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The College Board agrees with Ron DeSantis on Critical Race Theory?

Ron DeSantis Schools the College Board

The new AP course in African-American Studies cuts the CRT.

By The Editorial Board, WSJ

Feb. 1, 2023 7:00 pm ET

The College Board has released a serious rewrite of its framework for a new high-school advanced placement (AP) course in African-American Studies. Critical race theory is out, and Condoleezza Rice is in. The group insists that revisions were done for pedagogical reasons and completed in December, but even assuming that’s true, it’s vindication for Florida Gov. Ron DeSantis.

Florida rejected the last version of the curriculum, which featured topics on “Black Queer Studies,” “‘Postracial’ Racism,” and “the case for reparations.” That framework suggested teens read a text from an academic exponent of critical race theory. “We believe in teaching kids facts and how to think,” Mr. DeSantis said, “but we don’t believe they should have an agenda imposed on them.”

Even as it deletes this academic theorizing, the College Board denies it’s reacting to Florida’s criticism. The other explanation is that it arrived at a similar conclusion on its own. Mr. DeSantis’s critics have accused him of trying to erase black history, though he was doing nothing of the sort. If the revised AP framework actually was drawn up in December, then the curriculum committee had already decided that none of this nonsense was needed for teaching black history to high-schoolers.

The College Board’s CEO is calling the revised course “an unflinching encounter with the facts and evidence of African-American history.” One thing driving the changes, he said, was that students in the pilot class were engaged by primary sources, but they found the academic theories “quite dense.”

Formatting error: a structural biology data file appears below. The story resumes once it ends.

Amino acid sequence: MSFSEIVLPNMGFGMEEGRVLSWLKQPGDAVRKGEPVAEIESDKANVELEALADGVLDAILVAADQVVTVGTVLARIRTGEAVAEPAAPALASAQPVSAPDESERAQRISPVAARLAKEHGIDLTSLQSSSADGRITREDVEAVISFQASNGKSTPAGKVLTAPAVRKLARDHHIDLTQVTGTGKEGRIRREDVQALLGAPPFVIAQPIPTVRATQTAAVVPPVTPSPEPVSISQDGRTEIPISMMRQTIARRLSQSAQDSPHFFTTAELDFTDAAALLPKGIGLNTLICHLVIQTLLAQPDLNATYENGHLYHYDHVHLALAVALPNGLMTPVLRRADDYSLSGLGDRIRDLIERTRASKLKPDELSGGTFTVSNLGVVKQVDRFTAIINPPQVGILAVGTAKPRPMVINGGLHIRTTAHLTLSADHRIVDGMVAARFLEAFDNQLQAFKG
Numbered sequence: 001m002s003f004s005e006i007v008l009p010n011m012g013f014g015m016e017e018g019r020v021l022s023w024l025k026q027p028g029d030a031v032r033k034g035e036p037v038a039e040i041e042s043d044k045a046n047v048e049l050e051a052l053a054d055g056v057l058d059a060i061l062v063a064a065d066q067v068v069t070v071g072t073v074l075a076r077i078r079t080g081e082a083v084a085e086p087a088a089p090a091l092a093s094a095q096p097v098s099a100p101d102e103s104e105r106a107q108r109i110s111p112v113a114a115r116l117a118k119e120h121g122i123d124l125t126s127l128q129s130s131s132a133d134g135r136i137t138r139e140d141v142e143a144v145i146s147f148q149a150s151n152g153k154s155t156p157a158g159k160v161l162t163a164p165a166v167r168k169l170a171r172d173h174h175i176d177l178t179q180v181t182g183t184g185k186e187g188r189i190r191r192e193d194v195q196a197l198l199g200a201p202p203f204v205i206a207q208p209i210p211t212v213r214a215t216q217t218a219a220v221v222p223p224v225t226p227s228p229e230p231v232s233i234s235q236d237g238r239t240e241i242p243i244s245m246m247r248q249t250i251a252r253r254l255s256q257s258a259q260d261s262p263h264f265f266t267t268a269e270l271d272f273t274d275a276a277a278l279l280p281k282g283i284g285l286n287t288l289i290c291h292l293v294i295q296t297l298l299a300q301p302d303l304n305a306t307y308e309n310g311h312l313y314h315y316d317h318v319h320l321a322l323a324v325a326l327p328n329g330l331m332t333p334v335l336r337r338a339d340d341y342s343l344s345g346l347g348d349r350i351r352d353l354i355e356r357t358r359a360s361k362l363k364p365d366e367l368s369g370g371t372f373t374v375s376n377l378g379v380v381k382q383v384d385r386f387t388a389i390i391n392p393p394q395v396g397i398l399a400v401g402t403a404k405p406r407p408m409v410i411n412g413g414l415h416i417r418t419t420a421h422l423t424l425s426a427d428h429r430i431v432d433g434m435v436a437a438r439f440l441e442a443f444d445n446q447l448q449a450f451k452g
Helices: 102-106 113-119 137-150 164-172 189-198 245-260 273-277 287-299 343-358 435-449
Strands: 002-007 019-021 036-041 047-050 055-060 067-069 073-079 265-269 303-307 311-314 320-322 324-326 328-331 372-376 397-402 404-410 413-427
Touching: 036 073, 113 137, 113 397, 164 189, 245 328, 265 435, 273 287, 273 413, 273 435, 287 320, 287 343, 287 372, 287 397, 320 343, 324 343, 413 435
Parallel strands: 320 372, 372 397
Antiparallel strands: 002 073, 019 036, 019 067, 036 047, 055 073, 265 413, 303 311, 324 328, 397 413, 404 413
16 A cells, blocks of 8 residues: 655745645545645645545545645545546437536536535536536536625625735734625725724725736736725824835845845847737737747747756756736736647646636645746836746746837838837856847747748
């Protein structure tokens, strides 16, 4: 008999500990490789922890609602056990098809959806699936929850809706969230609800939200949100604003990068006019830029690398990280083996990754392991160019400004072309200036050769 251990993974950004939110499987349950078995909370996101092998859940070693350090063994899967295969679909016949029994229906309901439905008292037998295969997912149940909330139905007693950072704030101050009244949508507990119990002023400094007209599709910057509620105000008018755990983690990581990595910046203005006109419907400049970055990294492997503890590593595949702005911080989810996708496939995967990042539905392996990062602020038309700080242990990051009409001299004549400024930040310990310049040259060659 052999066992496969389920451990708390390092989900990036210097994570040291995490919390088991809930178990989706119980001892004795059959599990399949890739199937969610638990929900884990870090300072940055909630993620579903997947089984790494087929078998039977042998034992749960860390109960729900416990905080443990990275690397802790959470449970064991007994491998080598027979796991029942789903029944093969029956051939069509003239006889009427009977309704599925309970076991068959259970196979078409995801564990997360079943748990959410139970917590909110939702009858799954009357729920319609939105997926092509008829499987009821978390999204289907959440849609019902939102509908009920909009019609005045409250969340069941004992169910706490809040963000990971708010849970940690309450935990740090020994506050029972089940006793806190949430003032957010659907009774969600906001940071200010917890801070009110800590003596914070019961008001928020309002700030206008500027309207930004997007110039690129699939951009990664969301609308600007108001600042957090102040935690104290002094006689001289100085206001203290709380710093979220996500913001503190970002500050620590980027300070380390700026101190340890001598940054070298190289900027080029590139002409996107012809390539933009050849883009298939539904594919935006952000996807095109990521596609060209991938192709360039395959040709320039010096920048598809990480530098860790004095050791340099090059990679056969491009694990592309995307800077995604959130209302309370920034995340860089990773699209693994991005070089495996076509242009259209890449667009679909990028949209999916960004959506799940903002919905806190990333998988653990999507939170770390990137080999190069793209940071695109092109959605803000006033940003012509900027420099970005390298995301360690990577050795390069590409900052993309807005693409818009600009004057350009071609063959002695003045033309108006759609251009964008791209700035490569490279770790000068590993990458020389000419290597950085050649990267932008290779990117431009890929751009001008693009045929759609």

No kidding. As one course description put it: “This topic examines intersectionality as an analytical framework and its connection to Chicana and Asian American feminist thought.” Who thought teenagers would find such stuff scintillating?

The AP’s updated framework is 234 pages, and it’ll be interesting to see how it’s received by historians of all persuasions, not to mention Florida’s Education Department. Beyond the excisions, the required reading now includes an excerpt from former Secretary of State Rice’s 2012 speech to the Republican presidential convention, which is at least a gesture toward diversity of thought.

“A little girl grows up in Jim Crow Birmingham,” Ms. Rice told the crowd and the country watching, “the segregated city of the South, where her parents can’t take her to a movie theater or to a restaurant. But they have her absolutely convinced that even if she can’t have a hamburger at the Woolworth’s lunch counter, she could be President of the United States if she wanted to be, and she becomes the Secretary of State. Yes, America has a way of making the impossible seem inevitable in retrospect, but we know it was never inevitable.”

That reading wouldn’t make it in critical race theory class, but it has the advantage of being genuine black American history.

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